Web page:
Mr. Doran: I shall try to temper my enthusiasm in future, but I was so excited by my right hon. Friend’s appointment. Scotland is the world leader in sub-sea oil and gas technology, and the industry based in and around Aberdeen is making a massive contribution to extending the life of the North sea oil and gas industry. The technologies and expertise are easily transferable to marine renewables. Subsea UK, the industry body, has recognised that and intends to promote marine renewables at future oil and gas industry conferences,
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including the oil energy conference to be held later this month in Aberdeen. What support will the Government provide to ensure that our world lead in sub-sea oil and gas technology can develop into a world lead for Scotland and the UK in marine renewable technology?

Mr. Alexander: I assure my hon. Friend that Scotland Office officials are in contact with the sub-sea industry. I place on record today my appreciation and that of the Scotland Office of the outstanding technological innovations and capabilities centred on Aberdeen, and we are determined to do what we can to support and strengthen them in the years ahead.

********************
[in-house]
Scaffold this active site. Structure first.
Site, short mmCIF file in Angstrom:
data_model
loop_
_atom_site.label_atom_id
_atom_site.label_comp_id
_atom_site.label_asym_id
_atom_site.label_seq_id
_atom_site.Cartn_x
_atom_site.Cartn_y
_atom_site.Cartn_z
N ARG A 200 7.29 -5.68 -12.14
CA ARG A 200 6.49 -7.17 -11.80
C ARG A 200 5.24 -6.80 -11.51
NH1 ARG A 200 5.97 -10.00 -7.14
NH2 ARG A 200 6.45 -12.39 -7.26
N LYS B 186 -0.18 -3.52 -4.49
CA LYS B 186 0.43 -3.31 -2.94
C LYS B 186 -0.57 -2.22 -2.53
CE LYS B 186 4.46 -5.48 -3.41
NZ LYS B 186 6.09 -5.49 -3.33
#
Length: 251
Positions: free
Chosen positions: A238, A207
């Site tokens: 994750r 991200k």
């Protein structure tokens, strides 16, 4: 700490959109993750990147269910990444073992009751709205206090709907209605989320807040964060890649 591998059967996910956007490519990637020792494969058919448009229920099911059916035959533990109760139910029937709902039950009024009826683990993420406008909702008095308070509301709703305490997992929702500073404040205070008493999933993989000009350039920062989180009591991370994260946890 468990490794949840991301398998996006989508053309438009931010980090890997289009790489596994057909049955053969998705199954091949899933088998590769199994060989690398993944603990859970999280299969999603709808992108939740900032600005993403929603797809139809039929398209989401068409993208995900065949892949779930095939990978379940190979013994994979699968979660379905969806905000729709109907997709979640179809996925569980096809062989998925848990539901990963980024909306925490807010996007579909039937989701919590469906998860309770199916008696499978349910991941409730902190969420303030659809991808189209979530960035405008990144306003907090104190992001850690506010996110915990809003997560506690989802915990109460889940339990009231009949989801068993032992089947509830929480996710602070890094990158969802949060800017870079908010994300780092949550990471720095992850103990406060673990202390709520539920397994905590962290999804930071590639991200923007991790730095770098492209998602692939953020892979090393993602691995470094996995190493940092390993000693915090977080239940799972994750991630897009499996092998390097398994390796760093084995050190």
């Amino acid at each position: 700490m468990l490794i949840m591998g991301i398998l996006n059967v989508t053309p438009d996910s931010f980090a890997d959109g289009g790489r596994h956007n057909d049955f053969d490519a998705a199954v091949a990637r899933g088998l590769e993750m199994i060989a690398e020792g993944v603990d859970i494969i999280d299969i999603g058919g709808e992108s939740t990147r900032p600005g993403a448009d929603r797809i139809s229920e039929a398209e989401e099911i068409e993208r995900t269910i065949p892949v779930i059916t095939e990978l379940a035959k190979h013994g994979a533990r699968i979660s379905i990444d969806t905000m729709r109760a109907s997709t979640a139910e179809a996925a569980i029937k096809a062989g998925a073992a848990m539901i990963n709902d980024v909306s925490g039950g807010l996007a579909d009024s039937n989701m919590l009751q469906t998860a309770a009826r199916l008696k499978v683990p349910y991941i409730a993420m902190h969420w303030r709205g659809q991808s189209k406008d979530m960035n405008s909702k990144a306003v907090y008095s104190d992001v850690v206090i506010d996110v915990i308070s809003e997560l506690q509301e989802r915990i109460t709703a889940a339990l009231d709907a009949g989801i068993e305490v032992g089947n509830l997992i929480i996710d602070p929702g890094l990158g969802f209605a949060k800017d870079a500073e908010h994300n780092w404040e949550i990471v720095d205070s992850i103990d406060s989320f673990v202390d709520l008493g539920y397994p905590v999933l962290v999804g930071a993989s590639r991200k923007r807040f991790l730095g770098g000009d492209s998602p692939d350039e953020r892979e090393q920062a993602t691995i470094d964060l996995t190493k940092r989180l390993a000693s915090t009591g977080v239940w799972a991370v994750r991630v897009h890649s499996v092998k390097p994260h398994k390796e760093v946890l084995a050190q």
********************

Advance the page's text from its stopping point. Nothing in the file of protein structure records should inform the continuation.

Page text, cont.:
John Thurso (Caithness, Sutherland and Easter Ross) (LD): May I draw the Minister’s attention to the research that has been undertaken by the Environmental Research Institute of the North Highland college in Thurso on the energy that exists in the tidal flow in the Pentland firth? Is he aware that companies would like to exploit that; and what can he do to offer assistance, especially in conjunction with the Department for Trade and Industry, to further such projects, which represent a real opportunity to use the skills of the work force from the decommissioning at Dounreay?

Mr. Alexander: My predecessor as Secretary of State for Scotland is now at the Department for Trade and Industry and he is aware of the matter, not least because I understand that the hon. Gentleman has already met my hon. Friend the Under-Secretary to discuss it. My recollection is that at that meeting an offer was made of further discussions, but if it would be helpful to facilitate a further discussion between my hon. Friend and the hon. Gentleman, I would be happy to do so.